3. peiling
    Posted February 16, 2008 at 10:53 pm | Permalink

    Kian I forward the bolg to my boss Donna and she loved it so much. She said her husband and her are now very into it and like to invite Larry and me to the Chinese dinner they cook by your receip. I will forward your blog to more friends and later… I will be invited to more home made Chinese dinner. Hahaha!

  4. Posted April 10, 2008 at 12:30 am | Permalink

    I’d like to suggest that there is in fact some very good and authentic Chinese cooking to be found in the US, but it’s found in the sort of local, unsung places that pple like the Zagats and Ferretti don’t know about. Spring Moon in Chicago (which may have closed recently) for example serve(d) wonderful Yunnan dishes, including stews of a variety of dried mushrooms that the owner got from a mushroom dealer in Yunnan. Several years ago in San Francisco a chef from Nanjing opened a very small restaurant and served a menu determined by price – pay $50 for example and you get a parade of 8 exquisite dishes, pay more and you get more – all prepared by himself. (I don’t know if that restaurant is still around or not.) The problem was that you had patrons griping about paying 40 or 50 dollars a head for Chinese food, despite the amount of labor that went into these dishes.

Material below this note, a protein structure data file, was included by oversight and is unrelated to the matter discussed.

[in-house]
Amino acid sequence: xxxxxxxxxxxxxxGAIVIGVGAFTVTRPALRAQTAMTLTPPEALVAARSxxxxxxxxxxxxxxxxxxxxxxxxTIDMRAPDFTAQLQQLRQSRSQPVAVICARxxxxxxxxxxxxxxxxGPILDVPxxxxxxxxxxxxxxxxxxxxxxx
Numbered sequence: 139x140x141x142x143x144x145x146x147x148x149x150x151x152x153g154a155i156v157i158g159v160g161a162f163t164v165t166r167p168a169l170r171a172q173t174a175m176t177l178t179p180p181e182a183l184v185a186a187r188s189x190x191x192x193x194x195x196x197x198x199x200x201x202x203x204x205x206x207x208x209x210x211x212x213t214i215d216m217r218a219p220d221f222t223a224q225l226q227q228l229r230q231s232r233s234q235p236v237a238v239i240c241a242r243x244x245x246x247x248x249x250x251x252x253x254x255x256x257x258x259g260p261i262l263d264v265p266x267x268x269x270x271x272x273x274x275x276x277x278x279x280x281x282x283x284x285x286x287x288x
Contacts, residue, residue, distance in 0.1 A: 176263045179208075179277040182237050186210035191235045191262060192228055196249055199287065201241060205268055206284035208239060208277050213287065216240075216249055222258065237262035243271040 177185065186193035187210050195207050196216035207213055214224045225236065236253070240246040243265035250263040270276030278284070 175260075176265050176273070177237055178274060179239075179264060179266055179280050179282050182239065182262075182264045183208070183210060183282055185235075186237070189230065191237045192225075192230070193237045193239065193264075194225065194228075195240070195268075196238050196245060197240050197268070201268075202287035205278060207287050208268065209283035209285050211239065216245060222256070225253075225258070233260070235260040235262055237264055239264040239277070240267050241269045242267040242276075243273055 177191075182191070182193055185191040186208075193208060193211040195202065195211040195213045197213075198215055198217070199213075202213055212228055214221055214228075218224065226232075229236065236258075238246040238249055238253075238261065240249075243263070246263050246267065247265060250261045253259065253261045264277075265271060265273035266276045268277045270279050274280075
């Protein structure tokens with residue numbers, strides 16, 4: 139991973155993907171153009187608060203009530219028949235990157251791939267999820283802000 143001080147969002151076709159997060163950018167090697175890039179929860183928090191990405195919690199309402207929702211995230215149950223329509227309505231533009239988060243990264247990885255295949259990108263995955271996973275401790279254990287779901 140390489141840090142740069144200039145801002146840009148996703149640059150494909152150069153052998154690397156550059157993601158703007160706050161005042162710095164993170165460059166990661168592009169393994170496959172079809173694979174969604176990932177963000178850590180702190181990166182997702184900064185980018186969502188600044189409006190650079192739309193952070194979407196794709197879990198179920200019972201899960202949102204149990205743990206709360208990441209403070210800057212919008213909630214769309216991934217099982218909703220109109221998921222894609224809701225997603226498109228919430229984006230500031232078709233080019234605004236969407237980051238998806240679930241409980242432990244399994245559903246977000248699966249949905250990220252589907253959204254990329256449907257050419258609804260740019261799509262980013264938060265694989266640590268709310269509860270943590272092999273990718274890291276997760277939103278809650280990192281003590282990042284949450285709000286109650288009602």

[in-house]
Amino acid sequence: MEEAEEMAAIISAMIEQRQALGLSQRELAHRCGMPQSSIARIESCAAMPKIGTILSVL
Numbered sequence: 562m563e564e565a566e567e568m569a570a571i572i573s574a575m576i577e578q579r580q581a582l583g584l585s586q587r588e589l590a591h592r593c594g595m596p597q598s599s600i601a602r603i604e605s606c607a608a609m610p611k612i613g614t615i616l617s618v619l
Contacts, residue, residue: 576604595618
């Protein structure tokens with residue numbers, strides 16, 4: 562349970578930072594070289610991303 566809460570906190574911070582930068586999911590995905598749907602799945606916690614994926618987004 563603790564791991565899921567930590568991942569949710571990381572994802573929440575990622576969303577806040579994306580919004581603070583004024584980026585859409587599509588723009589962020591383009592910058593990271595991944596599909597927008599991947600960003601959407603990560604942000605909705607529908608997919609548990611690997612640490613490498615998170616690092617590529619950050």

I don’t think ‘importing’ chefs from China is the answer – seeking out the great Chinese food that’s already in the States – and promoting it, and being as willing to pay for exquisitely prepared, authentic Chinese food as we are for, say, Italian or French food – is.

    This is not a matter of shortage, it’s a matter of exhorting the American public to, as you say, educate themselves about REAL Chinese food. If I had a nickel for everytime I’ve heard a American who’s traveled in China say ‘The food wasn’t great. It just wasn’t like the Chinese food I’ve eaten here.’